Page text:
For two area school districts, the possibility of consolidating at the administrative level is something meriting further discussion.
The Clymer and Panama central school districts are anticipating holding a second joint meeting in the consideration of creating a shared superintendent position. According to the district leaders, both boards of education have expressed interest in moving forward with discussions.
"Our boards will be setting up another joint meeting this summer to continue this complicated process," said Bert Lictus, Panama superintendent. "I think members of the Panama community are willing to look at options for the future, including sharing (a superintendent). I'm sure there are varying degrees of support, but I think most people would agree that we need to be looking at alternative means of doing business in the future."
Karen Moon, Clymer interim superintendent, sent an email to her staff announcing a special board meeting to be held at 4 p.m. Wednesday. The meeting is for the purpose of committing to move forward with discussions.
"I feel there are more pros to the concept than cons," said Moon. "Clymer has been sharing sports teams for a few years, and will continue to do so. So looking at other opportunities, (such as) sharing a superintendent, is timely. I feel the Clymer community is willing to look at this option, and understand small districts need to consider alternative ways of doing business - for now and in the future."
The decision of the districts to proceed with discussions comes after an initial joint meeting last month between the boards and David O'Rourke, Erie 2 Chautauqua-Cattaraugus BOCES superintendent. At the meeting, O'Rourke outlined the benefits and challenges of a shared superintendent based on his own research.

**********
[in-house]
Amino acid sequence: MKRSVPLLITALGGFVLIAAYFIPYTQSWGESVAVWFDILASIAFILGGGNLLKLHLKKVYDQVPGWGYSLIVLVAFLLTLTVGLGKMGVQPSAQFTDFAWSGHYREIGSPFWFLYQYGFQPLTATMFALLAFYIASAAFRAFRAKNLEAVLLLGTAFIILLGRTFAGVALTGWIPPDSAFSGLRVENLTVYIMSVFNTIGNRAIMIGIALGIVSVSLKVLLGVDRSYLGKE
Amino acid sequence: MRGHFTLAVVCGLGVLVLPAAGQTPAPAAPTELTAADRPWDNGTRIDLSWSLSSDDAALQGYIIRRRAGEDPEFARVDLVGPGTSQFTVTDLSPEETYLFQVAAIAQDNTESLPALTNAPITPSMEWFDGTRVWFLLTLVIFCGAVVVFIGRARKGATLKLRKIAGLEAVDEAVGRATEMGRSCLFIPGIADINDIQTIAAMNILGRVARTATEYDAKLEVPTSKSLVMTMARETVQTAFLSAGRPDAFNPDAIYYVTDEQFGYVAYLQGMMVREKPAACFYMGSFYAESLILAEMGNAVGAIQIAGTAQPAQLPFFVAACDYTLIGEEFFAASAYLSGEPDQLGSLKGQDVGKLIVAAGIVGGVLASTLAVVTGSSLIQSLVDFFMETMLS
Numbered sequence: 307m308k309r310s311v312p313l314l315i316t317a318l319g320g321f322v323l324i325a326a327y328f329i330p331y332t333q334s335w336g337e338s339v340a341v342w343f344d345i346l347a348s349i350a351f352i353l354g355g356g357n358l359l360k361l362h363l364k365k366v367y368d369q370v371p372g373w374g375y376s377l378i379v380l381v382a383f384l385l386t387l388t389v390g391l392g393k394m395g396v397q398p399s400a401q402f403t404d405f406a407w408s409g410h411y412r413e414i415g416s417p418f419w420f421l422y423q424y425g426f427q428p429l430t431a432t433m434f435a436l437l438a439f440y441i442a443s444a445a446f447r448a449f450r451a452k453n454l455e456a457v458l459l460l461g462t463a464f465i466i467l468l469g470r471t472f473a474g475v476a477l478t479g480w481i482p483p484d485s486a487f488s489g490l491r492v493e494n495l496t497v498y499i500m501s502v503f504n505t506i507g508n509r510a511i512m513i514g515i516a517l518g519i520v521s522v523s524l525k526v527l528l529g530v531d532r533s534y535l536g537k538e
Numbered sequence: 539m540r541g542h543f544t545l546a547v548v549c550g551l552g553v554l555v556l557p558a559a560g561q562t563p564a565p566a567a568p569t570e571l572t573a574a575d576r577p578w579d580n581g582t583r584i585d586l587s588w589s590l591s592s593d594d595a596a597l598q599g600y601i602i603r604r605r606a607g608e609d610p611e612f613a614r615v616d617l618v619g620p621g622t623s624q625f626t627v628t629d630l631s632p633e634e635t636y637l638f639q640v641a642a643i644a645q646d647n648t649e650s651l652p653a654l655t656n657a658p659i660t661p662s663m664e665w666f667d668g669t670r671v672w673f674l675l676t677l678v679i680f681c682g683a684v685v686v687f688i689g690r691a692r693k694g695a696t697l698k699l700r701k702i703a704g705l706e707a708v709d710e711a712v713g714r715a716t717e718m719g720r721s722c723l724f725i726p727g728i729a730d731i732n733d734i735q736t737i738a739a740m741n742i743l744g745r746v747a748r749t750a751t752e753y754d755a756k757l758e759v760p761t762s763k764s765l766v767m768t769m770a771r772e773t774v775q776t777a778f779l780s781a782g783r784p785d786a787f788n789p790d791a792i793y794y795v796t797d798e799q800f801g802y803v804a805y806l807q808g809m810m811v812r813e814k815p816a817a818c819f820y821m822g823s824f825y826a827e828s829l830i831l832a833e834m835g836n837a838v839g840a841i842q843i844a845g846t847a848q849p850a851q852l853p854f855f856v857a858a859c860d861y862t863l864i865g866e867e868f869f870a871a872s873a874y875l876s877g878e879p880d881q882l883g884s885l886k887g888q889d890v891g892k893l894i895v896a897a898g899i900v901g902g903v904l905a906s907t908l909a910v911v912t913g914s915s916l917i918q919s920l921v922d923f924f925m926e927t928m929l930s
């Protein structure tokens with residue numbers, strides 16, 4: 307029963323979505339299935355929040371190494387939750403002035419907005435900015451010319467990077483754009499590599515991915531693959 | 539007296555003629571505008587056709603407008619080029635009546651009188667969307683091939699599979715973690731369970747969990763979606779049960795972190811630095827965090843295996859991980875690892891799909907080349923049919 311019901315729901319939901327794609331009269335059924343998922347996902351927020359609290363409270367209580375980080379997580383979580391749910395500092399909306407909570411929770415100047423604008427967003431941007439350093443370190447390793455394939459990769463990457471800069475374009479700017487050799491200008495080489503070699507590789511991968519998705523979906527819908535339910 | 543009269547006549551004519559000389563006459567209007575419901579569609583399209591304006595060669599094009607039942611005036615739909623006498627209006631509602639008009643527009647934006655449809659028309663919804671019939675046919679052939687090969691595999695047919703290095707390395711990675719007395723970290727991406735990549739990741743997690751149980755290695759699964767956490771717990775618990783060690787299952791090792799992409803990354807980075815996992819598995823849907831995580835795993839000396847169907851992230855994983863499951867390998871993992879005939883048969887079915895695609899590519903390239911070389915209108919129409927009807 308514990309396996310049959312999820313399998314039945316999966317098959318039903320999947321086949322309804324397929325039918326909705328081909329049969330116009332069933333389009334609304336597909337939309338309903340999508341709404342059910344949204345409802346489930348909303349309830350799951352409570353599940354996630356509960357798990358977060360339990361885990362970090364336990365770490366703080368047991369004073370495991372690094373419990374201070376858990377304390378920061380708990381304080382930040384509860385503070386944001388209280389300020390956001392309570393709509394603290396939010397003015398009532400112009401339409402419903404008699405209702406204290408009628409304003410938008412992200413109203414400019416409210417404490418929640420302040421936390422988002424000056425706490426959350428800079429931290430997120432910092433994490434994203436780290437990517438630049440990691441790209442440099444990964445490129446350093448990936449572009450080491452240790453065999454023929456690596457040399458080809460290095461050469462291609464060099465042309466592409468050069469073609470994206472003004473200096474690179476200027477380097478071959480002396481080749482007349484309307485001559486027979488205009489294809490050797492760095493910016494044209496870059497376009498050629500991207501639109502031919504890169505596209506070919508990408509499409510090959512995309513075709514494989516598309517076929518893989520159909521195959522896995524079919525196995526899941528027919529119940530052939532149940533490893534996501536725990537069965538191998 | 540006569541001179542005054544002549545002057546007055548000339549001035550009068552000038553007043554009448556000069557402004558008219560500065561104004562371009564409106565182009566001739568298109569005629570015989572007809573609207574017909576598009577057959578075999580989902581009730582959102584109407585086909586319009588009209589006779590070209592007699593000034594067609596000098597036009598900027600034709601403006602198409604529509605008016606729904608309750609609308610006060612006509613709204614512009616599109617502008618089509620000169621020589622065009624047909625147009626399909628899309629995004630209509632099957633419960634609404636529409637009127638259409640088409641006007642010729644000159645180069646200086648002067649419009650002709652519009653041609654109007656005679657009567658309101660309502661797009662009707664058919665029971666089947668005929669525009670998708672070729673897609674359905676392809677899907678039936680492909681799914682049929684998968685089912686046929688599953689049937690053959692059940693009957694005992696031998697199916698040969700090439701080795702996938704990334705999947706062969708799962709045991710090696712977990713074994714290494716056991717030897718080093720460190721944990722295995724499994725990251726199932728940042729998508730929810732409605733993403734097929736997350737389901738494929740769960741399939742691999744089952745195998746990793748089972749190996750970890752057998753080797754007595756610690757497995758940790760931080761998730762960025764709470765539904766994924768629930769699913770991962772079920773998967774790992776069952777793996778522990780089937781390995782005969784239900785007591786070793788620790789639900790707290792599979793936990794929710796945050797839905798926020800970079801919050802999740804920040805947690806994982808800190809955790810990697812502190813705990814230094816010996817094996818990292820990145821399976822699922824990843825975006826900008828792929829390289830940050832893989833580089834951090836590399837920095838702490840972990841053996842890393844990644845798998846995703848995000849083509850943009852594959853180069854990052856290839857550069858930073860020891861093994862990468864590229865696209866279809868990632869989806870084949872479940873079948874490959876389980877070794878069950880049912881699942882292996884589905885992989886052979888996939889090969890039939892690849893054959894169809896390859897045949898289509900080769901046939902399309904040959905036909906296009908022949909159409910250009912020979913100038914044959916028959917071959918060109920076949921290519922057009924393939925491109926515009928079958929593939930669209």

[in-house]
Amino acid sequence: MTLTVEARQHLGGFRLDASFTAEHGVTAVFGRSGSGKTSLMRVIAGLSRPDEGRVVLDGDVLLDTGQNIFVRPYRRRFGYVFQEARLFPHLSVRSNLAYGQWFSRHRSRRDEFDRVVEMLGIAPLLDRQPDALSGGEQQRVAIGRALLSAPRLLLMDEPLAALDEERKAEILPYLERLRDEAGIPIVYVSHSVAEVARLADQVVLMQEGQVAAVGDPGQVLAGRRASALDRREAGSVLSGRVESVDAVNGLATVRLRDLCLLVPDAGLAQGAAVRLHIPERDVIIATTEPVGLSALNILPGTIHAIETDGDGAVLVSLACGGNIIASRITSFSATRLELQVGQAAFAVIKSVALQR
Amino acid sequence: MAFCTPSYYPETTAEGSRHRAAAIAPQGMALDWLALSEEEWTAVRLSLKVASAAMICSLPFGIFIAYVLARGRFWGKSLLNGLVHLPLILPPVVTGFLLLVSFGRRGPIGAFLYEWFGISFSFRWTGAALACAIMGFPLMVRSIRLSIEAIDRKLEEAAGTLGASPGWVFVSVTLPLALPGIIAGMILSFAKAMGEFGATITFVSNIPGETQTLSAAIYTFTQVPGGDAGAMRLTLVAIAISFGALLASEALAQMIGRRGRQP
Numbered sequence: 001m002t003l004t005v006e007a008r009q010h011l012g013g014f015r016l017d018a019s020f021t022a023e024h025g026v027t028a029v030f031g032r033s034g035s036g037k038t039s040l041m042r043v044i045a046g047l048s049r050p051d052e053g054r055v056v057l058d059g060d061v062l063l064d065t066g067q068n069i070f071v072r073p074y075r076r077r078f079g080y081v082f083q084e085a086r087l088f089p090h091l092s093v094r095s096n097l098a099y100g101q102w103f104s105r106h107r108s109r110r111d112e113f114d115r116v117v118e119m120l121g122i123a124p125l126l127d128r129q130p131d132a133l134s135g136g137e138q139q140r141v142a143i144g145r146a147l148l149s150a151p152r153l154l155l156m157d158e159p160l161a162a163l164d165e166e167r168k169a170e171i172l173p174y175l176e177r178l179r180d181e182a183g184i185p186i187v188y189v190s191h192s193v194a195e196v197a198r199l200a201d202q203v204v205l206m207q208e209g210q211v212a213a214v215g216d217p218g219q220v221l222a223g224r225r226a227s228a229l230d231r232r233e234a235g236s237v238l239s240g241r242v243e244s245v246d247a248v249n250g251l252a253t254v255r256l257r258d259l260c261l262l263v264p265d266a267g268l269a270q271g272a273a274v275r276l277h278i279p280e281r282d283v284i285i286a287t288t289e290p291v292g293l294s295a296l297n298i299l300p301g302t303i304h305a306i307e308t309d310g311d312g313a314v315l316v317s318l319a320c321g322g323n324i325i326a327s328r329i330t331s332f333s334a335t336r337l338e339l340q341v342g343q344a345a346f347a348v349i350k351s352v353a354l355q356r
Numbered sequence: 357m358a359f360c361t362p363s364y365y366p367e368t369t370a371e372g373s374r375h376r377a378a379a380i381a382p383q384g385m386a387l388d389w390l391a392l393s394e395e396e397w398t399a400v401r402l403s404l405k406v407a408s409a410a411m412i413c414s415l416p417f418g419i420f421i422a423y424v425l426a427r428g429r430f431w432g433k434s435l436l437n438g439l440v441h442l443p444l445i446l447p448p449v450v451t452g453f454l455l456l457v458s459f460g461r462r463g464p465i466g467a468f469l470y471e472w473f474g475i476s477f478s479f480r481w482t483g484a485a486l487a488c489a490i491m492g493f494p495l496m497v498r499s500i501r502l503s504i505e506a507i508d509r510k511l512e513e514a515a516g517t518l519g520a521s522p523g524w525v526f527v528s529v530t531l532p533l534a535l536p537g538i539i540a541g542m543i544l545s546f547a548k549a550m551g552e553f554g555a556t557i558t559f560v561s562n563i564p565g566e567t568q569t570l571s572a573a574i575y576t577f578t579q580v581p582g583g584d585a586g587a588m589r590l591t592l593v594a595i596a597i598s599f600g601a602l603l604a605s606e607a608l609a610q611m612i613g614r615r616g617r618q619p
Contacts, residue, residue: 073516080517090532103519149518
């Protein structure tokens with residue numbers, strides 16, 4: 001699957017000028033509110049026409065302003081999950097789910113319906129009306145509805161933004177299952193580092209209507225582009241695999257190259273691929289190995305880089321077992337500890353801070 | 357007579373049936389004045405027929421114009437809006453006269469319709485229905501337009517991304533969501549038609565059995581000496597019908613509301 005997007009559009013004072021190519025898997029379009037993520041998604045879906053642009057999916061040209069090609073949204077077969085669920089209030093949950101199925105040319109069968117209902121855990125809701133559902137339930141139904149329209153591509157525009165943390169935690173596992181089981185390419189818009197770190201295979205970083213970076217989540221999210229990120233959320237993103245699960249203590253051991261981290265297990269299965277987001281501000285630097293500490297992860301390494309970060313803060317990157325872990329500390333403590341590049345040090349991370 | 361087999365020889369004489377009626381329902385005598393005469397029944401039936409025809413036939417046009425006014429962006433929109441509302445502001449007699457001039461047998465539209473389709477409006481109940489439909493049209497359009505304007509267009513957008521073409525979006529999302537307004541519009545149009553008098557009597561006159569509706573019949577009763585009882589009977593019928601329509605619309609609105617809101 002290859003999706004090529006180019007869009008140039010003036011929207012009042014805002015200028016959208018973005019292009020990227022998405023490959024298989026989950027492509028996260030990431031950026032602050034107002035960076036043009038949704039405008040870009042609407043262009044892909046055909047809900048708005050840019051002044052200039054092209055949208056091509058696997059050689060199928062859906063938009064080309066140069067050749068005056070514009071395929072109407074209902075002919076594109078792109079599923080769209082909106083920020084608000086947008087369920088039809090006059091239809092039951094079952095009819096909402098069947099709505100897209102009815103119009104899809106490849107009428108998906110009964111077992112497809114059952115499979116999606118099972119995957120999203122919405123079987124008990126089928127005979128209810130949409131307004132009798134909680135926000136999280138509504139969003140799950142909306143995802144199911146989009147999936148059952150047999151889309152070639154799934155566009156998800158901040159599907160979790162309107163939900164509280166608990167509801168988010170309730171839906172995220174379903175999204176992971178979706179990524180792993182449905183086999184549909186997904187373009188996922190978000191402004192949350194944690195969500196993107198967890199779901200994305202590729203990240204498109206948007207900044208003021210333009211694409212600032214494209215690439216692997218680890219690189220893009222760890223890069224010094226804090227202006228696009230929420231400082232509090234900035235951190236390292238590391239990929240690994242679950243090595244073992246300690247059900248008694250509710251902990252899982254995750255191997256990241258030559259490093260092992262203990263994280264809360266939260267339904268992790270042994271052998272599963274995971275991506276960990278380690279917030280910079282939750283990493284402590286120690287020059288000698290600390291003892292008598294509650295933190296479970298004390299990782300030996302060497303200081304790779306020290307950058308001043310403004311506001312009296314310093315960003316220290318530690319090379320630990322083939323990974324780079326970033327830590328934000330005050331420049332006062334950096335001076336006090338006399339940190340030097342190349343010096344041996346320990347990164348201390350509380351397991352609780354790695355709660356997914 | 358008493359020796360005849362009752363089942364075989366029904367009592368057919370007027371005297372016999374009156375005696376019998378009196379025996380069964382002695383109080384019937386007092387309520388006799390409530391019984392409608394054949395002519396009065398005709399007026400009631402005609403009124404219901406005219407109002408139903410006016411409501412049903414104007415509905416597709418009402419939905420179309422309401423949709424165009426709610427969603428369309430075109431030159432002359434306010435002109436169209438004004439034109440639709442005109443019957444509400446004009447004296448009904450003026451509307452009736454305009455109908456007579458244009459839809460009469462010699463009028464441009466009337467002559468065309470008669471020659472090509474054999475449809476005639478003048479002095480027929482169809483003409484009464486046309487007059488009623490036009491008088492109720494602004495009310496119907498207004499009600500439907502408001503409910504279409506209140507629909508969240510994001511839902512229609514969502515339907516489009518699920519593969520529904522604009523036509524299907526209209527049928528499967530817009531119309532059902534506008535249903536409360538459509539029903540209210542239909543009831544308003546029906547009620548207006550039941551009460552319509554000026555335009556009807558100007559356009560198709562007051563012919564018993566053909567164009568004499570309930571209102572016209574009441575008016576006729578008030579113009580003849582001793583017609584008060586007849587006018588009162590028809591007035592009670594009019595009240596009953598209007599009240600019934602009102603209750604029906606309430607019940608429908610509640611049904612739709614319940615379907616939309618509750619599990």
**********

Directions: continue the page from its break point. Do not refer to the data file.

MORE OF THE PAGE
According to O'Rourke, while neither district has taken formal action in pursuing the proposal, he expects to be hearing something from them within the next month. He has also provided his endorsement of Lictus as the shared superintendent, should the districts opt to undertake the process.
"I think Bert is a logical choice for both districts," O'Rourke said. "He grew up in Clymer, and has been a successful leader in Panama. It's kind of the best of both worlds. From my perspective, that's why this conversation made sense for these two districts and, quite frankly, that's why I agreed to come out and help with it. I think it's a circumstance that's kind of unique in having the right person in the right place at the right time."
O'Rourke reported that, though legislation to legalize a shared-superintendent system was passed in 1981, it is still a relatively new system. He said two-school, shared superintendent systems are rare in New York, and could cause some transitional problems.
On the upside, he said the schools that have already made the switch have reported a savings of $50,000-$60,000 on superintendent salary which, ideally, would be realized without any loss of services. According to a comprehensive administrative compensation report for the 2013-14 school year, which was obtained from the state Education Department website, the salaries paid to the Clymer and Panama superintendents will be $112,200 and $116,812, respectively.
"I want to go on record to say that I don't think that a shared-superintendent system is an ideal system," said O'Rourke, during the districts' joint meeting in June. "But I think districts are forced to contend with it as a possible local option that they have available to them as they try to find solutions to some very difficult, large problems that face the schools."